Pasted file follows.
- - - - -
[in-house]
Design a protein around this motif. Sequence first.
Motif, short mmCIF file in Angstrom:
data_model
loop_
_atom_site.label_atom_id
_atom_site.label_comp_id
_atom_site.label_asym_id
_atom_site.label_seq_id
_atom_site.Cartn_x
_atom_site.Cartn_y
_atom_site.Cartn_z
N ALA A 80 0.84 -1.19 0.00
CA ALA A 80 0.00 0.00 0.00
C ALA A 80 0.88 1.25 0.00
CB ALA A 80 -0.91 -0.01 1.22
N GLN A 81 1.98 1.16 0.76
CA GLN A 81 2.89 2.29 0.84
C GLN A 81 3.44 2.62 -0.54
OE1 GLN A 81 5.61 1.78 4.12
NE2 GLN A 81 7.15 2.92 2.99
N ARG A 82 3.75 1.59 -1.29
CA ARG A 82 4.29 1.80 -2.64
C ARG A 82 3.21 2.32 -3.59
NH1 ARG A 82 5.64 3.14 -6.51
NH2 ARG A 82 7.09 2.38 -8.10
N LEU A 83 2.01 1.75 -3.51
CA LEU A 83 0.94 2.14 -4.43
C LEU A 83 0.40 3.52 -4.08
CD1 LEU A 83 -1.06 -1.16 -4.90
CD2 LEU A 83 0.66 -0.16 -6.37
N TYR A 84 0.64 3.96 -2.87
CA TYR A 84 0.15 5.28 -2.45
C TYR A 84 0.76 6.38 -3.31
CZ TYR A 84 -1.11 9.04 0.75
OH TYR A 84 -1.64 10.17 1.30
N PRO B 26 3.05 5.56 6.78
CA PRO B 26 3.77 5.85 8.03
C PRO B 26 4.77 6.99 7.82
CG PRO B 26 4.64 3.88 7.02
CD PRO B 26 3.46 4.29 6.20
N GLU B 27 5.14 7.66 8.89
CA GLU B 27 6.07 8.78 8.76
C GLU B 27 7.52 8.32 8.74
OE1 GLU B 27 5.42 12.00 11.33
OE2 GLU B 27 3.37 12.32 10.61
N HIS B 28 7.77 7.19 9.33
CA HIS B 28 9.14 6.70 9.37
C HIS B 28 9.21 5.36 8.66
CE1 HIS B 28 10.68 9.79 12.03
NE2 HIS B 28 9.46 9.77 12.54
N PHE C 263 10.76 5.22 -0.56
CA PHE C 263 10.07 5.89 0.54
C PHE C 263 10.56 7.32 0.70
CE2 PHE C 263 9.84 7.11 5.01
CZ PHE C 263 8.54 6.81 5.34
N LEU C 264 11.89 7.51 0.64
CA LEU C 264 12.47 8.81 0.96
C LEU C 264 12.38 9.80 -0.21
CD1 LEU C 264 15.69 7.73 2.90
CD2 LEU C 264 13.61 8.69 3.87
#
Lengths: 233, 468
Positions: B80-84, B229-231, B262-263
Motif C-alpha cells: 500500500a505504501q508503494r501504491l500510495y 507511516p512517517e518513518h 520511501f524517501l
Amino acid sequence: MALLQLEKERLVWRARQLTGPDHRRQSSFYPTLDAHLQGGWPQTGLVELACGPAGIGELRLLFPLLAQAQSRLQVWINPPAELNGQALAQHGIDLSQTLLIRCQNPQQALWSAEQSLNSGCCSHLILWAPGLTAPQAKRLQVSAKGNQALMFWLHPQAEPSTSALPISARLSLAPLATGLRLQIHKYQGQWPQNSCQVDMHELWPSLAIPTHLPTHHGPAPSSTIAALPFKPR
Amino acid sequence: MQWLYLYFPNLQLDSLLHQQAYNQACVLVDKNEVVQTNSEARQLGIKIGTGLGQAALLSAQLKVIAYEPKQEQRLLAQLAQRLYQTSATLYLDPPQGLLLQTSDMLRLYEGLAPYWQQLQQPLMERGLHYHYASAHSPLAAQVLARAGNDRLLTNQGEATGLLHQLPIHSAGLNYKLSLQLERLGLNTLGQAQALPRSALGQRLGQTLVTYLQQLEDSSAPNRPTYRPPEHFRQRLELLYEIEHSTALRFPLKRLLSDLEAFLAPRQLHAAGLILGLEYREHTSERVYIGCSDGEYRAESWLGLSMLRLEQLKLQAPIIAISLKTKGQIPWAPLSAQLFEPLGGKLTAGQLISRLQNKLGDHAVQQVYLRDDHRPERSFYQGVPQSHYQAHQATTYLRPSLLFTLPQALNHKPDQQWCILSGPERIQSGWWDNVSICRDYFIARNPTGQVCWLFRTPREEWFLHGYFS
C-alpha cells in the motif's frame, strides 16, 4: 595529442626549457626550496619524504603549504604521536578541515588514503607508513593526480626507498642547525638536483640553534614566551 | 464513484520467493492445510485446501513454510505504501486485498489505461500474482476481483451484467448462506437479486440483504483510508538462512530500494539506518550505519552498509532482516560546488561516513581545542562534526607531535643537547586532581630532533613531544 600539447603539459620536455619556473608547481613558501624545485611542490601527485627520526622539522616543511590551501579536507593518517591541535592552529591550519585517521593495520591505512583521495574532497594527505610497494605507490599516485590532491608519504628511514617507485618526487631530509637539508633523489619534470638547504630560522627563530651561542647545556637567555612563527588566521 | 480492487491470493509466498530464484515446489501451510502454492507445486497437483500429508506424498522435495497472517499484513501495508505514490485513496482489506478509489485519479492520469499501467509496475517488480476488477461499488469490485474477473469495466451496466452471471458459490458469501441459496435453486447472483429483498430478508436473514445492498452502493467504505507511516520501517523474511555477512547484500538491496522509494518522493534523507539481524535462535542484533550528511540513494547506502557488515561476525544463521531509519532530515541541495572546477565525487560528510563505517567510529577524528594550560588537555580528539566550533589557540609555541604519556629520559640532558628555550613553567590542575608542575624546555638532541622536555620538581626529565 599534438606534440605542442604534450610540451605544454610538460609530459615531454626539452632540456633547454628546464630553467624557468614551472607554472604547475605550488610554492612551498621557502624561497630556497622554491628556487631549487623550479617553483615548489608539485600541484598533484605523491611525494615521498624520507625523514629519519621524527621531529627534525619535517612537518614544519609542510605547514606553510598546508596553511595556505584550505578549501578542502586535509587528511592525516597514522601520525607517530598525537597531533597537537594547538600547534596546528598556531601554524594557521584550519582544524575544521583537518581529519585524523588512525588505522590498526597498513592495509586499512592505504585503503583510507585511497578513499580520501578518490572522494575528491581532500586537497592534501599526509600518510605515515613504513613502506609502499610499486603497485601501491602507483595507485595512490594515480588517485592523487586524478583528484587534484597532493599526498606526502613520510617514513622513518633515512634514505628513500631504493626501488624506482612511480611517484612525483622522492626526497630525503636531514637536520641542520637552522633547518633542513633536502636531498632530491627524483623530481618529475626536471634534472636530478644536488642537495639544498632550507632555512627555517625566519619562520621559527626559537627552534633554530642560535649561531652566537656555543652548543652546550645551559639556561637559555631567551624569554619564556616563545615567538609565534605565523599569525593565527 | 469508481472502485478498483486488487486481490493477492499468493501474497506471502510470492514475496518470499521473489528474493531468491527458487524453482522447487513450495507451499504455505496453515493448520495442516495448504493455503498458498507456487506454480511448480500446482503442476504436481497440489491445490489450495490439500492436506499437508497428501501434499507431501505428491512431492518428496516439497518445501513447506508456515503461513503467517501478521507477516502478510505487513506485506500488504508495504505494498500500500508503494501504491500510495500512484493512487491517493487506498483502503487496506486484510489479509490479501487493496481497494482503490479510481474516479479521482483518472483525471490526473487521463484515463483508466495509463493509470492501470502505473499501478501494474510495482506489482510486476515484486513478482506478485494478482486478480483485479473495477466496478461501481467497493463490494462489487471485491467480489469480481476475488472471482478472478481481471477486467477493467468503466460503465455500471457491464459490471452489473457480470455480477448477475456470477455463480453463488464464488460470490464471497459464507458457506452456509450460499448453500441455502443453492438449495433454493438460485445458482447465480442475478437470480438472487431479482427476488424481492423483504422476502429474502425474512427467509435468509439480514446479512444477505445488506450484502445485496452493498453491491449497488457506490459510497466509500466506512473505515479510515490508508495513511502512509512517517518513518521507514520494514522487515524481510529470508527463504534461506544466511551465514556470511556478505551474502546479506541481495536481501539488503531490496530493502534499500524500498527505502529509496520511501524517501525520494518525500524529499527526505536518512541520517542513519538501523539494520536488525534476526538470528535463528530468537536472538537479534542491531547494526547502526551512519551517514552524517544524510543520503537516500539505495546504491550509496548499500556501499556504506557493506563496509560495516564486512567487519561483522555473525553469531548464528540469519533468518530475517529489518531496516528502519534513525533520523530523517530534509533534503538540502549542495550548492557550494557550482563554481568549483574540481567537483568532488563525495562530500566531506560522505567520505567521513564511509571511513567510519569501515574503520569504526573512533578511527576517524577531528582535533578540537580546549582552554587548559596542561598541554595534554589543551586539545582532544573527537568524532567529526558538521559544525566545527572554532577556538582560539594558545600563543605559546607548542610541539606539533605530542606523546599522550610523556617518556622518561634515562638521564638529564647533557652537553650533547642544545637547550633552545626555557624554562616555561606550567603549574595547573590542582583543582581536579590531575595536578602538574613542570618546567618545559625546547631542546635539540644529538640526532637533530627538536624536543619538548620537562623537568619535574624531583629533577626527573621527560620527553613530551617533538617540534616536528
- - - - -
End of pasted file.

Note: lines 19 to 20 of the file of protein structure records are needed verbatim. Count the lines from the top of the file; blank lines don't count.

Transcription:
C GLN A 81 3.44 2.62 -0.54
OE1 GLN A 81 5.61 1.78 4.12